No one can tell you what sort of insurance you need - you need to consider your organisation's own risk profile and appetite against what insurance policies can cover and will cost.
Some not-for-profit organisations believe that because they have become an incorporated association, they cannot be sued. This is not the case.
Incorporation creates a legal entity that is separate from the individual members. Board members of unincorporated bodies can be sued as individuals. Incorporation provides a certain amount of limited liability for members. However, it may not protect the organisation or individual directors in cases where negligence can be proven.
The more you can minimise your exposure to risk through rigorous processes and procedures, the better off everyone will be.
For most not-for-profit organisations, insurance is an essential component of risk management and a key way to manage losses. Even the most prudent and effective organisations can't foresee everything and prevent accidents from occurring.
You want to make sure that the people who help you and are part of your organisation are covered for any potential liability, injury or loss. You also want to ensure that your equipment, materials and property are protected.
A major reason why you need insurance is to ensure that you are not forced to close if you are exposed to a claim. While not all claims are enormous, the possibility of a multi-million-dollar claim does exist.
Burglaries and thefts are also a very real possibility for most organisations and the effects of losing equipment can be devastating.
Obviously, insurance costs money, so it is important to verify that you are insured for exactly what you need and not for anything you don't really need.
Are you already covered?
Check to see if you are already covered by a blanket government insurance scheme or a funding body scheme. In some states, some government departments will provide coverage or partial coverage for the groups they fund.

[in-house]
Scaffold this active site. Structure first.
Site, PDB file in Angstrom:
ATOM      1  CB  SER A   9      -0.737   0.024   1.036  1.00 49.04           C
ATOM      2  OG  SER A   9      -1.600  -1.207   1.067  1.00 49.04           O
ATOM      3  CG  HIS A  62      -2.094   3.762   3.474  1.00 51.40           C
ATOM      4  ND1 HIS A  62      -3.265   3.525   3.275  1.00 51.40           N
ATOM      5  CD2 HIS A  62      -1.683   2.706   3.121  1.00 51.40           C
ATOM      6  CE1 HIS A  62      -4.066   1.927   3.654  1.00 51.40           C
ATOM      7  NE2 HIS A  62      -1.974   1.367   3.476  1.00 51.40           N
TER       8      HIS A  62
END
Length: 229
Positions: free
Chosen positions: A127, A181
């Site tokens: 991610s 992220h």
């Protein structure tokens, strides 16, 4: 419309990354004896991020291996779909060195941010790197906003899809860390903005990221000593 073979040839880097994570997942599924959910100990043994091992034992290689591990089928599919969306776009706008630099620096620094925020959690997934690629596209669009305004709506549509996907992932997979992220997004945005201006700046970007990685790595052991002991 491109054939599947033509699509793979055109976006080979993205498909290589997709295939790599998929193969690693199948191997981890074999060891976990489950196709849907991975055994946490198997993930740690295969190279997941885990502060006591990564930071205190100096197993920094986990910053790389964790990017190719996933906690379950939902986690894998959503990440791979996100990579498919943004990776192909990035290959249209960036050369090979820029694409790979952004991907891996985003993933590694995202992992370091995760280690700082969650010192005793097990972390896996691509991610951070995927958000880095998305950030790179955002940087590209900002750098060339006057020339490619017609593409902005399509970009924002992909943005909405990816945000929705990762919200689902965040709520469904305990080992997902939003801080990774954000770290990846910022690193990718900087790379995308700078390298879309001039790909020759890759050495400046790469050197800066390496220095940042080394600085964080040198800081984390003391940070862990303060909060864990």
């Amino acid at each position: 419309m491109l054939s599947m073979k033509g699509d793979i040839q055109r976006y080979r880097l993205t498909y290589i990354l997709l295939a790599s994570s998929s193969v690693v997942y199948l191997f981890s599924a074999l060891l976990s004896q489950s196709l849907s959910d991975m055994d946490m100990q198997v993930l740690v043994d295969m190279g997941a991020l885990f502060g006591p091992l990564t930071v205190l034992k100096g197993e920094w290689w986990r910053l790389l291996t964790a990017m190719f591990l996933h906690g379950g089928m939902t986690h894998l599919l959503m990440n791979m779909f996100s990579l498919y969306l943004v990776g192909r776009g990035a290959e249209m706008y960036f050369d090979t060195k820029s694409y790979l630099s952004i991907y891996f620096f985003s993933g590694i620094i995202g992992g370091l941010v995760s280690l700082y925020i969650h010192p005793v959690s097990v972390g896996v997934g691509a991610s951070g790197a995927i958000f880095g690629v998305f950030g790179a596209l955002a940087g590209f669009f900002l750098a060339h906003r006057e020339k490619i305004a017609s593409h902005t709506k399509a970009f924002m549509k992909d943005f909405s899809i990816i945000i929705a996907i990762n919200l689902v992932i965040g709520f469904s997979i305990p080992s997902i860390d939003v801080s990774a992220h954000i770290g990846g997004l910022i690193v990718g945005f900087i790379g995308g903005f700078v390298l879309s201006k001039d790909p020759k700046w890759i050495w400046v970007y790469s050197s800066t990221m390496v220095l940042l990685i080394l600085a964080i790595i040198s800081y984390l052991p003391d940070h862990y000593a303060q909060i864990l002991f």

If you are included in a blanket coverage scheme, check your own insurance cover and make sure you're not over-insured or double insured. There may be components of your organisation's policy that you can scale back.
The different types of insurance
Some of the insurance detailed below will not be applicable to all organisations. It is worthwhile to discuss your particular insurance needs with an insurer or broker.
It's important for you to evaluate that advice and seek alternative quotations, making sure you are comparing equivalent products and cover. Policies that sound the same could have exclusions that could make them useless to your organisation.
The types of insurance most commonly applicable to not-for-profit groups in Australia are outlined below.
A public liability insurance policy is necessary for an organisation to protect itself against claims of negligence made by third parties in relation to injury or property damage arising from the organisation's operations.
For example, it is likely to cover a person who enters your premises, slips on a wet surface and sustains a serious head injury.
The policy may also cover injuries resulting from products sold or supplied by your organisation. You should check the extent of your cover to ensure that product liability is included in your policy if relevant. This is particularly important for organisations that sell food or products as part of their day-to-day activities or for fundraising.
You should also check to see to what extent your volunteers are covered. Regardless, it is important to keep detailed records of all your volunteers, and to establish and communicate clear guidelines setting out volunteers' roles and activities.
Directors and Officers Liability Insurance
As mentioned above, while incorporation does provide some protection to board and committee members, it does not protect individuals from being sued for acts of negligence. A board member who negligently gives wrong advice, asks someone to perform a dangerous task or dismisses staff without proper authority or process exposes themselves to being sued.
Where such cases can be proven, the personal assets of negligent board/committee members can be seized to meet any damages. This is where Directors and Officers Liability Insurance comes in.
It is worth noting that generally under such policies the organisation itself is not covered for the wrongful acts. This would generally be covered through the public liability insurance.
This is similar to household property insurance and generally covers an organisation's physical contents against fire, storm damage, accidental damage or theft.
You can minimise the cost of this type of insurance by protecting your property with deadlocks, an alarm system, security lighting, security signage, etc. The longer it takes a potential burgler to enter your property, the less likely you are to suffer a break-in.